|Produced by Steve Lillywhite (1), Big Country (2)|
|Released on April 1984|
|US CHART POSITION #65|
|Find it at GEMM|
|818 835-1 cover
[high resolution photo]
T he story of the EP. At the tony orlando and dawn of the ‘80s, music only existed in one of three forms: cassette, elpee or single. 8-tracks were dead, reel-to-reel was never alive. Each medium had its own consumer: elpees were for the connoisseurs, cassettes for the busy masses, singles for the fickle and financially timid. And each medium had its respective place in the store: elpees in long and labelled columns (vinyl people are very organized and delight in the tactile experience of touching album spines), cassettes in bland stacks with the label clearly identified (busy, busy, got it), singles in the front of the store (since you know they’re going to walk up to the counter and immediately ask where they can find the song “I Want Candy” or whatever’s on the radio that week, which allows the clerk to simply point to the display next to the counter). All of this to set the stage for the story of the EP. You see, an EP was actually an inflated single; intermediary product marketed as a mini-album that allowed record companies to reach their most loyal consumers (elpee buyers) in between albums. Vinyl enthusiasts would encounter these in their spiny travels with a giant sticker that said $4.99 or $5.99, almost half the price of an elpee. While EPs have added greatly to the work of discographers ever since, they haven’t accounted for much great music. Take Wonderland, for example. It’s only half new: “Wonderland” (in case you didn’t make the connection) and “All Fall Together.” The second side of Wonderland consists of two old (relatively speaking) B sides, “Angle Park” and “The Crossing” (which actually did not appear on the album of that name, in case you made the connection). They’re fine, insofar as any four songs from the band’s early albums burn with the same fire, but Wonderland the EP can’t hold company with The Crossing and Steeltown. It’s an appetizer, half of it made from leftovers. Steeltown, now that’s a meal.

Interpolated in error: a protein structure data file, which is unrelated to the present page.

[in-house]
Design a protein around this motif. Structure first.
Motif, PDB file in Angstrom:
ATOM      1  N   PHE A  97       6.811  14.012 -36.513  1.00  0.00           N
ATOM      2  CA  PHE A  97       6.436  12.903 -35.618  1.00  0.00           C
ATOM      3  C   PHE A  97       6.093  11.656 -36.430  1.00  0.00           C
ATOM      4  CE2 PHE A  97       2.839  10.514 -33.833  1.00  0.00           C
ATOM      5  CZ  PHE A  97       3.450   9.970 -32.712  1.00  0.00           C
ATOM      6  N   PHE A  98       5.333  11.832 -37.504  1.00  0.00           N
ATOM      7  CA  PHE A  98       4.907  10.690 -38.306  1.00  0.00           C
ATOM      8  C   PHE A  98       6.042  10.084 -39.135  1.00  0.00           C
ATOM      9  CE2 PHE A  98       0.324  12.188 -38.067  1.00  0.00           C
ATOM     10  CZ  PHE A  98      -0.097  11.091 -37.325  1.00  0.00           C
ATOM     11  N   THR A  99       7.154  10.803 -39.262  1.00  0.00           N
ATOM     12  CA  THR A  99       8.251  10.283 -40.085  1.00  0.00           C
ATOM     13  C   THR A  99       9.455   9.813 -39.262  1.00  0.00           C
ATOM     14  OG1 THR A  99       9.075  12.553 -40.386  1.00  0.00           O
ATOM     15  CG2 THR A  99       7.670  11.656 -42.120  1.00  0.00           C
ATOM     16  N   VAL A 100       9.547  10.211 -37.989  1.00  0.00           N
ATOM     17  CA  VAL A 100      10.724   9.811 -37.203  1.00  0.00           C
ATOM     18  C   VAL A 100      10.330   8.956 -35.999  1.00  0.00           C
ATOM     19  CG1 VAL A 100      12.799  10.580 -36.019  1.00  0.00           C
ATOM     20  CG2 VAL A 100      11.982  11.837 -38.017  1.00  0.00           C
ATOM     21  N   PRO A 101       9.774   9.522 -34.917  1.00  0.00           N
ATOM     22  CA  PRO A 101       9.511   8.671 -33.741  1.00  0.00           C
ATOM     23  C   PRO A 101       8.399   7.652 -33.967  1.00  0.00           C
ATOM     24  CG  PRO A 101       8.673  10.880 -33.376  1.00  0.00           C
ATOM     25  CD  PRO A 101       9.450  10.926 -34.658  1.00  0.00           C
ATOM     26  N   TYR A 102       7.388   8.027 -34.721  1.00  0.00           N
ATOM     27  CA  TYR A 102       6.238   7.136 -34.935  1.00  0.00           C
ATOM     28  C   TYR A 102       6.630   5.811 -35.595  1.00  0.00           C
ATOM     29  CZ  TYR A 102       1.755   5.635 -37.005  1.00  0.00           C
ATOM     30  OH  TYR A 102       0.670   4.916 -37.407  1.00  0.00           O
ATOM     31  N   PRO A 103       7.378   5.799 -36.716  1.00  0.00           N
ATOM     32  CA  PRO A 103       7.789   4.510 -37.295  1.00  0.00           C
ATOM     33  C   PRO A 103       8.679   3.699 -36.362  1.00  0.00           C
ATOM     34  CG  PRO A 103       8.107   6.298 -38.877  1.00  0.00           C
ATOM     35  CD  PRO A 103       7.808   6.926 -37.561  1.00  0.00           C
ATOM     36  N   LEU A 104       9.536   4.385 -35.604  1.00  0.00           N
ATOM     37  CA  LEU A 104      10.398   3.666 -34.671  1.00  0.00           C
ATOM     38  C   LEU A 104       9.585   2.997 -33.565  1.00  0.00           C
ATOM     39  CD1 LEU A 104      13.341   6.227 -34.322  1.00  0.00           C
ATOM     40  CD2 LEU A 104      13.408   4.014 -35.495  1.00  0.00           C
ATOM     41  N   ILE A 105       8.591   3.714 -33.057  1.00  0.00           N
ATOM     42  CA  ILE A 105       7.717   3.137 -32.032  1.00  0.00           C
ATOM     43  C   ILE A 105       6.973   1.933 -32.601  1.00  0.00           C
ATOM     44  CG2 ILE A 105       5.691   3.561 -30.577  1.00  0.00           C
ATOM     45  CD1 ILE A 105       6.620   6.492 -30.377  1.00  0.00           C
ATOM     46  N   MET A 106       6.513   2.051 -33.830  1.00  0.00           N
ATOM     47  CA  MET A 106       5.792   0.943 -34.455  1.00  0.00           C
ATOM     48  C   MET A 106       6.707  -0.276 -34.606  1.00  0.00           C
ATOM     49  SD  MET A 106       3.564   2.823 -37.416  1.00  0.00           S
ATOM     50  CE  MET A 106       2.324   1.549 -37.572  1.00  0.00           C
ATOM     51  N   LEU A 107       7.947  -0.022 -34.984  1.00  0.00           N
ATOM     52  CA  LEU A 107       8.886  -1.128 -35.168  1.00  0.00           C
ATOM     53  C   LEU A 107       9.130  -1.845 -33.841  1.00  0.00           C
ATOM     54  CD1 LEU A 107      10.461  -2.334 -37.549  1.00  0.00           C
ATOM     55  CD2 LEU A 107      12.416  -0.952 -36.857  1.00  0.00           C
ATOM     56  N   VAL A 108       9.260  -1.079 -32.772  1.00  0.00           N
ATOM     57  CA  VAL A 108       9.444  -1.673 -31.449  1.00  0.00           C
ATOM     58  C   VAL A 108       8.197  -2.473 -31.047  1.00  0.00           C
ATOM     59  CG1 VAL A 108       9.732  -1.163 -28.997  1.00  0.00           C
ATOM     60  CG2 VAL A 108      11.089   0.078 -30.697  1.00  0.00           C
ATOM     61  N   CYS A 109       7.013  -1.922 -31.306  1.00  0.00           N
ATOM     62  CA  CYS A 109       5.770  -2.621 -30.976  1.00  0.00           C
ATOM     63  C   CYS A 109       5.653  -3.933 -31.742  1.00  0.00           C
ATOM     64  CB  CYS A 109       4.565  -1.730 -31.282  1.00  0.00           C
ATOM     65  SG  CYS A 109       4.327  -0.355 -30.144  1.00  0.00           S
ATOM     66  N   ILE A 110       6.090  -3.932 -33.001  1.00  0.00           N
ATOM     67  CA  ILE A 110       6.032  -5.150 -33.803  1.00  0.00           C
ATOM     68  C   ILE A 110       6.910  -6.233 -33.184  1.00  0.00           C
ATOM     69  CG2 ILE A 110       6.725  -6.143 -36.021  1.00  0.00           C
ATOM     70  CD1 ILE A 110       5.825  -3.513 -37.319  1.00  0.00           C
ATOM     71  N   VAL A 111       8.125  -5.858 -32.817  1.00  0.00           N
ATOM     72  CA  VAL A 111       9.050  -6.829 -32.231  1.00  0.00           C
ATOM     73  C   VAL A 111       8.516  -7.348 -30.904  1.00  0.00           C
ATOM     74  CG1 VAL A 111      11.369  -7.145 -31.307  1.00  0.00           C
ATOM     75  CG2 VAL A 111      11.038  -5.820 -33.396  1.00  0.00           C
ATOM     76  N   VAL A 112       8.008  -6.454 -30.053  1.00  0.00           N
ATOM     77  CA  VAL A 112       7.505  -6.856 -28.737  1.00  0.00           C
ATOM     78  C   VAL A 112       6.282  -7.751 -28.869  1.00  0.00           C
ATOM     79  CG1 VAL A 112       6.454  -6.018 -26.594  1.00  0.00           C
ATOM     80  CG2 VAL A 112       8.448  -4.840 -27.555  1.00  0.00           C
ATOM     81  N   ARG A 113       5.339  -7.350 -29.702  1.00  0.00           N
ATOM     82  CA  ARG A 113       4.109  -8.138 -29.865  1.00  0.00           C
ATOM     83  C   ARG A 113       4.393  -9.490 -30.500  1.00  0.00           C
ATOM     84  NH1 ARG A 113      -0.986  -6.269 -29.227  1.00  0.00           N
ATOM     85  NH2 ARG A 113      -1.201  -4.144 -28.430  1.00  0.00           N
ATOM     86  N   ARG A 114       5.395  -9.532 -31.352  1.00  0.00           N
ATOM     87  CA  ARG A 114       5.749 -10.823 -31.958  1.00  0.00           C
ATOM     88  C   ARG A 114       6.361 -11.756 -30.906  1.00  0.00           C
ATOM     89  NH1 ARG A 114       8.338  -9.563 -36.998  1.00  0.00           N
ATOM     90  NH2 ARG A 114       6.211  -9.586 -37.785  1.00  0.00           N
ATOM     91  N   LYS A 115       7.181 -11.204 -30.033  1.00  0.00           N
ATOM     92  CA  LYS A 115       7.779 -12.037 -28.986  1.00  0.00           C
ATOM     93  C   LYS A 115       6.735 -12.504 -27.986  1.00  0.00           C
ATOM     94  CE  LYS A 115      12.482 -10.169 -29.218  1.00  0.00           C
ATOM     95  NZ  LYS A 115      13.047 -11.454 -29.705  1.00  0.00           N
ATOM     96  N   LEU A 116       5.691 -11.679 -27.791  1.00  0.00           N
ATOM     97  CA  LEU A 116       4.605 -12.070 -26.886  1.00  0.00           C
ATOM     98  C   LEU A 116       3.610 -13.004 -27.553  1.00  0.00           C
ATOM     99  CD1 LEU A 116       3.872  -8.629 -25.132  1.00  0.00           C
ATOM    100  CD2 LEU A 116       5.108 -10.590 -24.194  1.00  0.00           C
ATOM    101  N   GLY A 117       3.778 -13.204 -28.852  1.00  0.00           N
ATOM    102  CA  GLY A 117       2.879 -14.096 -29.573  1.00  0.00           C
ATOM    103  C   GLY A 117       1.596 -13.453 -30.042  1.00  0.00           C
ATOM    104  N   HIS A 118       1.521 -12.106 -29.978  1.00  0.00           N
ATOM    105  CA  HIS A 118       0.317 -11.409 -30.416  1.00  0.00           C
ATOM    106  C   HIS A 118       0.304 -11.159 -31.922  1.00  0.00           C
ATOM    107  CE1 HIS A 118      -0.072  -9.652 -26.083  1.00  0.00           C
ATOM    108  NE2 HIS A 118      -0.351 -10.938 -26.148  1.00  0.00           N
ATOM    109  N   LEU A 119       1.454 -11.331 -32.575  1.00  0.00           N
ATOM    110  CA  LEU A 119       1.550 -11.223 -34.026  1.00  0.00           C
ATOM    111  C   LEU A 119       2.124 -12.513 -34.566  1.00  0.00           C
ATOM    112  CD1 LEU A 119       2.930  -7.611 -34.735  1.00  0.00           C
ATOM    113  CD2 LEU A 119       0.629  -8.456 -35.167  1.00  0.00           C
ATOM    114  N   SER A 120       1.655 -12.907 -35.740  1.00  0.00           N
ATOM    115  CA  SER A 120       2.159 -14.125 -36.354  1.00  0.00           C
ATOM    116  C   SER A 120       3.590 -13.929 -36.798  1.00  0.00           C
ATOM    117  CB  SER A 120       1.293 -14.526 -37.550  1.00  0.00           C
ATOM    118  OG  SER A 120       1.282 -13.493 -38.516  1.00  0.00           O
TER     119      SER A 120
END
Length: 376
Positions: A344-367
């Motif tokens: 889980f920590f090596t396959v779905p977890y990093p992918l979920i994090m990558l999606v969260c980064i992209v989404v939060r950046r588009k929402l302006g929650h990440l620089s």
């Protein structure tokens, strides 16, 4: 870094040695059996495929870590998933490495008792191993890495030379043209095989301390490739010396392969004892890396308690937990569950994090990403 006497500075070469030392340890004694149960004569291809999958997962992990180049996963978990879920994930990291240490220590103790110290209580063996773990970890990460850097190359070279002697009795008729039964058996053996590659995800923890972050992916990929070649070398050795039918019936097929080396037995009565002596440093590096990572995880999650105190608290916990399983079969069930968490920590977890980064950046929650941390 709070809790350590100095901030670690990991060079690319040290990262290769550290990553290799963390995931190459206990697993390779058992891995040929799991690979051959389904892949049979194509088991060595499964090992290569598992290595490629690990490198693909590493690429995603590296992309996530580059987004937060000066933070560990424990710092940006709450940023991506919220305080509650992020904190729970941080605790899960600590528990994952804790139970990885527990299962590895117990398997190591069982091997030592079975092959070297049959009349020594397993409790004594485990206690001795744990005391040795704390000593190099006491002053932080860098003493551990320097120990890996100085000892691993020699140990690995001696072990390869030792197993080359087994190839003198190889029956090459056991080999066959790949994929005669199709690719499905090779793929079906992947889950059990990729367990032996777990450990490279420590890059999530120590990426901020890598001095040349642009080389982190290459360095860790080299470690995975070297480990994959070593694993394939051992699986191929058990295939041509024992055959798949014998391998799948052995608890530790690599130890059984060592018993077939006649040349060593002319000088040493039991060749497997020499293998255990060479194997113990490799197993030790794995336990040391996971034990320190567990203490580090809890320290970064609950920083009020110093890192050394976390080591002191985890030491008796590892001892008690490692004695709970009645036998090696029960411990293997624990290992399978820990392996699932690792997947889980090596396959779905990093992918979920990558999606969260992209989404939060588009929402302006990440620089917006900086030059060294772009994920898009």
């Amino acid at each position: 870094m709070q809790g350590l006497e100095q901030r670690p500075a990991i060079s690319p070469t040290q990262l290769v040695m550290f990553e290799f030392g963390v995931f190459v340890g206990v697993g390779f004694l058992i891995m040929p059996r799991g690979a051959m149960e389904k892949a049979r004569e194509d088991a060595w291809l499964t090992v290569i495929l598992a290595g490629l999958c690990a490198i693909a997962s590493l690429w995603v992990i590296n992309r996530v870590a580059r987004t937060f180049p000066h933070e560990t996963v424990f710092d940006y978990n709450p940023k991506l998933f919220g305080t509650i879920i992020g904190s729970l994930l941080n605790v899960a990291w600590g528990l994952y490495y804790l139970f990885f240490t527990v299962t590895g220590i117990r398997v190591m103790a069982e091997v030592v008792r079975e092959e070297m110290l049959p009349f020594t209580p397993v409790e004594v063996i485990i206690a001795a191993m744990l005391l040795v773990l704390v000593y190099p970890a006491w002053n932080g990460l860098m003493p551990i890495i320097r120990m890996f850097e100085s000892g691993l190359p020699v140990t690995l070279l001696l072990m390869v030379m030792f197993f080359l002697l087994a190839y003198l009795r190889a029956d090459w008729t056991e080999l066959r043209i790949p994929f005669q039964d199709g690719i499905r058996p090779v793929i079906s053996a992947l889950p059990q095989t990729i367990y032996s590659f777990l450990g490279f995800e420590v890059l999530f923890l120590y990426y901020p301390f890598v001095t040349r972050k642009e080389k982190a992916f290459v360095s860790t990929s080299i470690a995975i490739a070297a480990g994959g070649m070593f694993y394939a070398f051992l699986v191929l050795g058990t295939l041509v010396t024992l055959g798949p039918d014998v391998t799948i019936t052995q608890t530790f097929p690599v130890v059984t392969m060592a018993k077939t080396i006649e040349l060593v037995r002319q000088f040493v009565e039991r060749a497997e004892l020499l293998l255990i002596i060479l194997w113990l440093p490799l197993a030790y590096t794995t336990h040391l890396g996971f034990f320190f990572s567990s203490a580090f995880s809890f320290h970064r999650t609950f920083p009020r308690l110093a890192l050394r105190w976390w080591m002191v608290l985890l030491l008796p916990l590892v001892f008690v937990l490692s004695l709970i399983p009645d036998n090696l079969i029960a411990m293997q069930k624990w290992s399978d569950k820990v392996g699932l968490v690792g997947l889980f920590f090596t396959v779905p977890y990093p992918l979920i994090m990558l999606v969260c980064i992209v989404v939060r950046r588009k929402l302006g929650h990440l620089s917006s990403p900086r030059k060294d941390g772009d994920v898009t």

|818 835-1 back cover|
STUART ADAMSON -- vocals, guitar
MARK BRZEZICKI -- drums
TONY BUTLER -- bass
BRUCE WATSON -- guitar
Jimmy Iovine -- mixing (2)
Red Saunders -- photography
return to BIG COUNTRY discography
|REGION||RELEASE DATE||LABEL||MEDIA||ID NUMBER||FEATURES|
|US||April 1984||Mercury||EP/CSEP||818 835-1/4|
|NET||1984||Mercury||EP||822 362||repackaged as Big Country|
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